So they claim that Pillard, who’s rated as unanimously well qualified by the American Bar Association, is actually a “radical” because she has written – be prepared to gasp – that “reproductive rights…have begun to allow women to decide whether and when to follow the path of motherhood.” Yes, folks, Ted Cruz says it’s “considerably outside the mainstream” for a court nominee to observe that today’s women have a say in family planning. (The deal in the Senate, supposedly, was that the GOP would filibuster future court nominees only under “extraordinary circumstances.” Now we learn that a nominee who supports reproductive rights is deemed to be extraordinary.)

    Earlier this year, Senate Republicans claimed that Halligan wasn’t qualified to serve on the D.C. appeals court – despite being endorsed by the ABA, the National District Attorneys Association, the New York Sheriffs Association, and two ex-assistant U.S. solicitor generals under Ronald Reagan and George W. Bush – because she once clashed with gun manufacturers in a New York lawsuit. The NRA jerked the Senate GOP’s leash, the GOPers duly launched a filibuster, and it was goodbye Halligan.

    But their most bogus rationale is that Obama is supposedly trying to “pack the court.” Actually, he’s trying to fill the court – just like his predecessors did whenever there were vacancies on the 11-seat D.C appeals bench, just like Bush did in 2005 when he successfully filled two vacancies. Having won two elections, he’d earned the right to staff that court with qualified nominees of his choosing.

    But we know the real reason why Republicans are dissing the election results, and, therefore, democracy itself.

    The D.C. appeals court is widely considered the second most powerful court in America, right behind the Supremes. Huge legislative and regulatory issues – everything from greenhouse gases to national security to cigarette warning labels – fall within its jurisdiction. The court currently has only eight judges, four Republican appointees and four Democratic appointees. Obama’s nominees would tip the balance. Hence the Senate GOP’s determination to stop him at all costs, by routinizing the filibuster. The notion of respecting election results, respecting a president’s right to pick his own qualified people, is dismissed as a relic of a bygone era. Updating Bob Michel, it’s all about cornering the market on partisan leverage.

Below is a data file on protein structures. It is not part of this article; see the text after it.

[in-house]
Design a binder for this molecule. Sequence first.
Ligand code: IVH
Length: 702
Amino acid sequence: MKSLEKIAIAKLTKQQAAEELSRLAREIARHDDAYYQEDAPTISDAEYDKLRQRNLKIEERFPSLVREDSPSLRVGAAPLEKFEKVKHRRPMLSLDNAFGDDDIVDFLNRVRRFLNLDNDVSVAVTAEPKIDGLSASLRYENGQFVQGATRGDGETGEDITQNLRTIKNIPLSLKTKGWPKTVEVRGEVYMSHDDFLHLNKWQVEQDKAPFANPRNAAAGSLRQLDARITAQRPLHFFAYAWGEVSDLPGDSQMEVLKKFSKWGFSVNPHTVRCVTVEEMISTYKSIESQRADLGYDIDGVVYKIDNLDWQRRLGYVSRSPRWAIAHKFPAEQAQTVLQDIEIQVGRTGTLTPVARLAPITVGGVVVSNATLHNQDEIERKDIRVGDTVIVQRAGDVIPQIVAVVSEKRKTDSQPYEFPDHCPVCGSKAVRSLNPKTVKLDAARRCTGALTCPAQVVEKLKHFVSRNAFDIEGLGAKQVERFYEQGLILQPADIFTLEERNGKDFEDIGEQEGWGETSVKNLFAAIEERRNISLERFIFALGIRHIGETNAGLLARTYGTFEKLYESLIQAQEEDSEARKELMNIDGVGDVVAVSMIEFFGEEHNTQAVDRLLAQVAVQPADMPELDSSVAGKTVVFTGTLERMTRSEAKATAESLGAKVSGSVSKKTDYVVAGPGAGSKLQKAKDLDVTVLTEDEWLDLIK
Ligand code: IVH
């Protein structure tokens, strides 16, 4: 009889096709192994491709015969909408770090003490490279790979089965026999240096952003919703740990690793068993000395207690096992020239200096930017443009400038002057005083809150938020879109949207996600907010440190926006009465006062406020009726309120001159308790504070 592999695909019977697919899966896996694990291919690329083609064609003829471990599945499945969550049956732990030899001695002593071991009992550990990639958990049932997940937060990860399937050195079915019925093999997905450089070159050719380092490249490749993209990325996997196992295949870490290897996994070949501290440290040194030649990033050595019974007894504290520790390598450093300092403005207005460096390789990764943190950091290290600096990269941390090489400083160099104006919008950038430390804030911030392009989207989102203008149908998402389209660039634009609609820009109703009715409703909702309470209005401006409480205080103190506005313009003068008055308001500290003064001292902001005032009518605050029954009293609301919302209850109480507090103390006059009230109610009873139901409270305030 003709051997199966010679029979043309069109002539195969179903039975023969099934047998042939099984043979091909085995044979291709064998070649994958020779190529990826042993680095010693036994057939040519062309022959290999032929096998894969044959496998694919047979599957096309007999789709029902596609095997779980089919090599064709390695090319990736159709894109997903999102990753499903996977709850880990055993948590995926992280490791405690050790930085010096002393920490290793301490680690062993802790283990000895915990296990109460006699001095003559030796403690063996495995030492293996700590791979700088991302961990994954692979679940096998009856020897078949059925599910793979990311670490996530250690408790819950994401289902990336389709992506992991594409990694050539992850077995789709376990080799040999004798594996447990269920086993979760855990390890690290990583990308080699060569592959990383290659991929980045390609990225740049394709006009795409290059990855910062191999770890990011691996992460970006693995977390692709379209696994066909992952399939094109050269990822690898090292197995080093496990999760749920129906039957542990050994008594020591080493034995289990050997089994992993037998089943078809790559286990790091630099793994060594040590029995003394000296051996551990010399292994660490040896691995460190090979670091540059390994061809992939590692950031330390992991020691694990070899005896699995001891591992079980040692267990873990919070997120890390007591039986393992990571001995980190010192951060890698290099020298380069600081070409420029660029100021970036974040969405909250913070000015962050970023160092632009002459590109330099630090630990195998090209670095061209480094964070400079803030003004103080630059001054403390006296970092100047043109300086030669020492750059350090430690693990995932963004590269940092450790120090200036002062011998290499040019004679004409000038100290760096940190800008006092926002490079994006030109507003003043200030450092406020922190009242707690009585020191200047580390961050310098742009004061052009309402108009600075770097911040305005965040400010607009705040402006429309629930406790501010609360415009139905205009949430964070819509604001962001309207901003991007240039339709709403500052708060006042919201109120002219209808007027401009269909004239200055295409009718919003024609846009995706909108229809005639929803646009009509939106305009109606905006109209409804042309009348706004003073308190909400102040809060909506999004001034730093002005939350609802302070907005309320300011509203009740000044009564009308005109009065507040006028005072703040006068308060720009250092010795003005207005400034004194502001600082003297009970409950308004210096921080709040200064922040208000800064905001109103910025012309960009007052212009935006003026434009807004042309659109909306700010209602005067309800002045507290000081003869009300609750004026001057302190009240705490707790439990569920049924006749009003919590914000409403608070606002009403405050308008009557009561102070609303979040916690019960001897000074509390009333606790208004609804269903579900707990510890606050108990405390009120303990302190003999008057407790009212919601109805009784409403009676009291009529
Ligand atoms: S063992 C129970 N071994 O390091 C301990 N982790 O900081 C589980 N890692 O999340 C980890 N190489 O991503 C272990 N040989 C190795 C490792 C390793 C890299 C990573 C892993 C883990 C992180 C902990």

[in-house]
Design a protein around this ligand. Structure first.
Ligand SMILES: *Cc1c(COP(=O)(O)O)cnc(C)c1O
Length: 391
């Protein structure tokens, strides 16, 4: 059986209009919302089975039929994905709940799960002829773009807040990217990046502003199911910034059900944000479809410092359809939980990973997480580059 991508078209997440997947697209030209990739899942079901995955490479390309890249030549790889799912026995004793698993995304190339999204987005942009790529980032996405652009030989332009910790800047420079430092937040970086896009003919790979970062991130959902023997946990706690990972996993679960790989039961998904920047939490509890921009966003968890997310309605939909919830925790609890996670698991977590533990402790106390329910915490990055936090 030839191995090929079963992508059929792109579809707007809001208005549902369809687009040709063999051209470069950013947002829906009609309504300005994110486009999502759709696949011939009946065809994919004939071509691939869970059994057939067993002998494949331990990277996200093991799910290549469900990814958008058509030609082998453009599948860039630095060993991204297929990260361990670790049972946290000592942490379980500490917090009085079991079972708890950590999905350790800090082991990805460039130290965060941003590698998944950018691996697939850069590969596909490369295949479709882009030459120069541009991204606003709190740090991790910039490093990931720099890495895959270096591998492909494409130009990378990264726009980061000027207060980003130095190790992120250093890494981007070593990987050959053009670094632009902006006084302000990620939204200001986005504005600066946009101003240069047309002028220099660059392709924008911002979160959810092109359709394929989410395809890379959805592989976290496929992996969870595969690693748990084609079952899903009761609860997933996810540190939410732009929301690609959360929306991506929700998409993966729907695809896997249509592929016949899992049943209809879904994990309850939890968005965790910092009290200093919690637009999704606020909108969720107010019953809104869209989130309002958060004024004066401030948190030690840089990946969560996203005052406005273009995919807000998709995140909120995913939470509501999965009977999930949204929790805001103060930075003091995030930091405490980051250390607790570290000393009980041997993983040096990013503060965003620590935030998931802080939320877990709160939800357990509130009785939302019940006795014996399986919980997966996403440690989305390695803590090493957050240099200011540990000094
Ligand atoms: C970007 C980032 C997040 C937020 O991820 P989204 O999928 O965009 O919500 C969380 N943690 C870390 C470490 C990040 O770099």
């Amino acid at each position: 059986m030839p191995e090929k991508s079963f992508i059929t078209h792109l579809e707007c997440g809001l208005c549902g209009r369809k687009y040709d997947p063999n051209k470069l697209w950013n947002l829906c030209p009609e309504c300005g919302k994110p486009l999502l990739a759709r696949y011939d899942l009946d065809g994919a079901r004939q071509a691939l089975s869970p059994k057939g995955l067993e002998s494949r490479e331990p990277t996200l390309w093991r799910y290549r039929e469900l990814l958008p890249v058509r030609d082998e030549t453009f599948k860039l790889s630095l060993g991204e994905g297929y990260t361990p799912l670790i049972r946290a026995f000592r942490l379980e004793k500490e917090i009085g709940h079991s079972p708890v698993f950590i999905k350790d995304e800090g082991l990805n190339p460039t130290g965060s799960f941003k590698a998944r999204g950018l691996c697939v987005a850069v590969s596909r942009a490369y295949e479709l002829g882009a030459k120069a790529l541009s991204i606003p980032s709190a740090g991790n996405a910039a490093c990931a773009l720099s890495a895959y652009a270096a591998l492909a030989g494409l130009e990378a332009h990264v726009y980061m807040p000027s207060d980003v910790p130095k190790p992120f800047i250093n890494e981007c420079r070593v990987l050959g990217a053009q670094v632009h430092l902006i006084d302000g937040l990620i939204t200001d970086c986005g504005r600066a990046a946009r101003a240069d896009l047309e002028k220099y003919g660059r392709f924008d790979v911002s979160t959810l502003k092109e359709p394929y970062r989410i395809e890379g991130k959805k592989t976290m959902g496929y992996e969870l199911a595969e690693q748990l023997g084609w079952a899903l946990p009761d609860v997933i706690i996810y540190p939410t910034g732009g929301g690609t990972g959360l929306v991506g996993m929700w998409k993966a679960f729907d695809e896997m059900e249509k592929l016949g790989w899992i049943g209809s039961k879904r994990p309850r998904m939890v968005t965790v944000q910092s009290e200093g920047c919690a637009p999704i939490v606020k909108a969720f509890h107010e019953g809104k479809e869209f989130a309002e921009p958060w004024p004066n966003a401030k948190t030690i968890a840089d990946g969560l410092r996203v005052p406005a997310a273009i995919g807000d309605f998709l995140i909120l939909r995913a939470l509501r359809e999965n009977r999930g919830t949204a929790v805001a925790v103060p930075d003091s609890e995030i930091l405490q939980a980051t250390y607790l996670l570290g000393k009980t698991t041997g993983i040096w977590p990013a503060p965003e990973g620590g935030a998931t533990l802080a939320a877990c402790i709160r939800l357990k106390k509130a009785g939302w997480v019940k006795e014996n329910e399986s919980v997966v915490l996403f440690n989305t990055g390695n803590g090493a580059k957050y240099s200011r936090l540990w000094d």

Only in the U.S. Senate can a nominee like Cornelia Pillard win 58 percent of the voting lawmakers (the vote was 56-41) – and still lose. In response, Senate Democrats flapped their gums as usual. Here was Elizabeth Warren: “If Republicans continue to filibuster these highly qualified nominees for no other reason than to nullify the president’s constitutional authority, then senators…have a duty to change the filibuster rules.” And Pat Leahy: “I think we’re at a point where there will be a rules change.” And Richard Blumenthal: “I think it’s a turning point for this body.”

    A turning point in Dysfunction Junction? Yeah sure. We’ll sooner see Rob Ford join the priesthood.

     

     

    Follow me on Twitter, @dickpolman1